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The journal of an aspiring animation filmmaker. Inspiration, Film Analysis, Animation Art, Student Work, Book Notes, Book Store, Composing Pictures, and much more!

Feb 19, 2009

Do The Right Thing (1989)

I watched this film the other night and I noticed a lot in the way this film was shot to tell the story. This film is basically about a day in the life of a racially diverse New York lower to middle class neighborhood in 1991. It's a very hot day, so warm colors are dominant throughout the film until the sun sets at the end.

To illustrate racial prejudice and domincance among the members of the community, there's a number of shots that are repeated throughout. There's a lot of dynamic up shots, and a lot of dynamic down shots. When there's no animosity between the characters, the horizon line is horizontal:

Also notice how the shots here are composed. Mama Sister is on the left of the frame, while Spike is on the right. One shot is predominately red, while the other is predominately green. Complementary colors and contrasting compositions.

When there is animosity the horizon line is rotated giving a more skewed or violent scene:

Radio Rahim dominates almost all of his scenes. He's made to look big and mean with the use of close ups against medium shots:

Look at this great shot:

Here both parties are meant to look menacing and neither is dominant. Both use extreme up shots or horizontal shots:

Rahim's up shot was a little more extreme, predicting a win of the music showdown

Coming back to a shot from above, look how it plays against the shots of the cops in this scene. This is total separation through color; Cool blue with warm lighting against hard red with cool lighting:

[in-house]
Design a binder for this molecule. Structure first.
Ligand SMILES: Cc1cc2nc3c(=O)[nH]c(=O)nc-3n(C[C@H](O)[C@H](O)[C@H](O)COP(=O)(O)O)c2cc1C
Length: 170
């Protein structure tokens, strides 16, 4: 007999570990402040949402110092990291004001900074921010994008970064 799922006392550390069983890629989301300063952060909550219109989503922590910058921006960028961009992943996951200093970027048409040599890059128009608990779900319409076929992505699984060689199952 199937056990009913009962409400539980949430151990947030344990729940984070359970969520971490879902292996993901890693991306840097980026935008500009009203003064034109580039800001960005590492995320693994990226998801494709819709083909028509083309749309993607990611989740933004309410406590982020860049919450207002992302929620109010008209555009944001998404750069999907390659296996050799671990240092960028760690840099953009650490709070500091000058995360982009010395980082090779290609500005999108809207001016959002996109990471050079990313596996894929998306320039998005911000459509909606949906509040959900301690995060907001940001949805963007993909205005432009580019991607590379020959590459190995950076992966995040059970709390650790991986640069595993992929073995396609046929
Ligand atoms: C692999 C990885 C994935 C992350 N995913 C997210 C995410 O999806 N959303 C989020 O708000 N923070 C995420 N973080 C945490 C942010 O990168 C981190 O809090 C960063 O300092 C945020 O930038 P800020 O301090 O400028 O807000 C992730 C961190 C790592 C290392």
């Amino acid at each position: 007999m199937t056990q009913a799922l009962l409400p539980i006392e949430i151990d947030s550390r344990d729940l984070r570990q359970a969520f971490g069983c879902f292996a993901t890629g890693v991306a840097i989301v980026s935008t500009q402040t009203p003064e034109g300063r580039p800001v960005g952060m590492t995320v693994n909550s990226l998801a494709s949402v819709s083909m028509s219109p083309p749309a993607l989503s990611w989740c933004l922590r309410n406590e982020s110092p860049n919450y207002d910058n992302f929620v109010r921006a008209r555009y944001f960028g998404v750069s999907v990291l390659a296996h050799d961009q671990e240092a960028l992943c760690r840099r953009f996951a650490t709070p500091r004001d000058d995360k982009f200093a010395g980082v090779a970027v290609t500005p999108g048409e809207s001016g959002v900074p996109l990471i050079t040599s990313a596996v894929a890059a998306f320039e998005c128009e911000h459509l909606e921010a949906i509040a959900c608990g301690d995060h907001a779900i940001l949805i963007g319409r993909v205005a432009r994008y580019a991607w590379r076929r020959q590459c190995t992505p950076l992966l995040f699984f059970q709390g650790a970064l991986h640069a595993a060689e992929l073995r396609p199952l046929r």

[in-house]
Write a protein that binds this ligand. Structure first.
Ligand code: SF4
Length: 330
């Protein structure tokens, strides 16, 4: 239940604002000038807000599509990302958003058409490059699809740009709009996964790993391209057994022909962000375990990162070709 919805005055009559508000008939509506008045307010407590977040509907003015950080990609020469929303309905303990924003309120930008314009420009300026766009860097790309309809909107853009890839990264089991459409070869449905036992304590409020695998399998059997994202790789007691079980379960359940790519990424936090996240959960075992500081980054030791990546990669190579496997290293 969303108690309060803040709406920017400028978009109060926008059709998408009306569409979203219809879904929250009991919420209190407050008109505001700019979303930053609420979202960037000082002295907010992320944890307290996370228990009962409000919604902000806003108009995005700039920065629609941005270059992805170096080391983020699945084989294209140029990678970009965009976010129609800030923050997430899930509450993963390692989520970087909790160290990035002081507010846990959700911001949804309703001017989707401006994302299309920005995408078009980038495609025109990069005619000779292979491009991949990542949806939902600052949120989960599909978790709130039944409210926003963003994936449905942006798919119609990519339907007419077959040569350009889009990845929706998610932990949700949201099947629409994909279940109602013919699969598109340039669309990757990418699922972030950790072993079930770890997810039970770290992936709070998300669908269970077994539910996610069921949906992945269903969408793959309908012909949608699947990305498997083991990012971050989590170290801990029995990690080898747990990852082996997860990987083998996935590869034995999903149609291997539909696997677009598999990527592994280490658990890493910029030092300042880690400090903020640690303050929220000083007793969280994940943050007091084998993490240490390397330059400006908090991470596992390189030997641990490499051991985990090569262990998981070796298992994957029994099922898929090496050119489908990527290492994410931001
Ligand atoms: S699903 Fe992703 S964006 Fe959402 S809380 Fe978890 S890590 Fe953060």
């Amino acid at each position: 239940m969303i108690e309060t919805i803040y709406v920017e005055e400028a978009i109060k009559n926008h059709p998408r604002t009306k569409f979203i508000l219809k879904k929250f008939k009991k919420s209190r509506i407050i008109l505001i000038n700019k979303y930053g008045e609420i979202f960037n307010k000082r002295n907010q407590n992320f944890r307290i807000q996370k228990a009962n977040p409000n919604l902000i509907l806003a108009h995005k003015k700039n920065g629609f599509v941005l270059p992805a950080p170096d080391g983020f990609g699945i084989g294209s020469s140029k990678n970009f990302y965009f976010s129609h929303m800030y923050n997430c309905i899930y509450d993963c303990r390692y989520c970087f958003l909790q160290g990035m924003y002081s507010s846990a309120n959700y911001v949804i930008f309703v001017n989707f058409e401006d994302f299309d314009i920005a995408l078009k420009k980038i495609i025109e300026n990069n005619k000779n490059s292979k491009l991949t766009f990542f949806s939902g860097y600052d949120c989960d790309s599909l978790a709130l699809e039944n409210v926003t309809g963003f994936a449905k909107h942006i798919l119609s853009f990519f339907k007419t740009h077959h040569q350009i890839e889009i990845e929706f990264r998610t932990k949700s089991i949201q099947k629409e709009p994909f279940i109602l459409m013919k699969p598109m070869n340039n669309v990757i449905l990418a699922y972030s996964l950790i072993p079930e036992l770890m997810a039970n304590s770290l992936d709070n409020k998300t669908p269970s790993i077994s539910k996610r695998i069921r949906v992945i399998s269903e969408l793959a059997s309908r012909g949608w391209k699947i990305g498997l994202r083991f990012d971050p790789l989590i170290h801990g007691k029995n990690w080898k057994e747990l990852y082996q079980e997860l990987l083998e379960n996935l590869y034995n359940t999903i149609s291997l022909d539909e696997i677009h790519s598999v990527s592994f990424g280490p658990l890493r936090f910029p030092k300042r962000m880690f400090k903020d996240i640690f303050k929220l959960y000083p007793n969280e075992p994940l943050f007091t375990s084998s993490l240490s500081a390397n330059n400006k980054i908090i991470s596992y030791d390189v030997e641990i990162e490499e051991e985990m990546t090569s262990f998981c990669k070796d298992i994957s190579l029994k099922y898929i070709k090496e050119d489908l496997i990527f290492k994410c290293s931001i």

Now look at this scene where the main characters are having a discussion about race. Everything is relatively calm and both retain the same status:

...Until of course we get a "prejudice montage." This is supposed to be aggressive, and put you in the shoes of the prejudiced. The shots are point blank and frontal with the actors breaking the fourth wall:

More animosity:

It started off fine.

But the shots get more contrasted as the animosity increases:

Look at these great shots:

By the end of the film there is no more animosity between these two characters (see shots from above):

So the shots aren't skewed, and the angles aren't as extreme. It's also not as hot out so the shots are cooler aesthetically (as well as emotionally).

Here the scene starts calm. Horizontal lines, mediums shots:

But that quickly changes as the hate builds up. Again the same conventions are used. It has to be this way, or we get confused as an audience. Once you pick a way to illustrate something, you've gotta stick to it. Notice how the skewed angles are also opposing each other, creating more contrast, and racial separation:

Characters with a lot of differences but not much animosity:

Look at the use of complementary colors in this shot:

The calmer the characters are the more flat and normal the shots are. There's a lot of overhead shots and handy cam shots in this film also which further immerses you in this neighborhood. By the end of the film it feels like there nothing outside of this community, because there's enough drama and controversy here for anyone.

I learned a lot wathcing this film. Check it out if you can.



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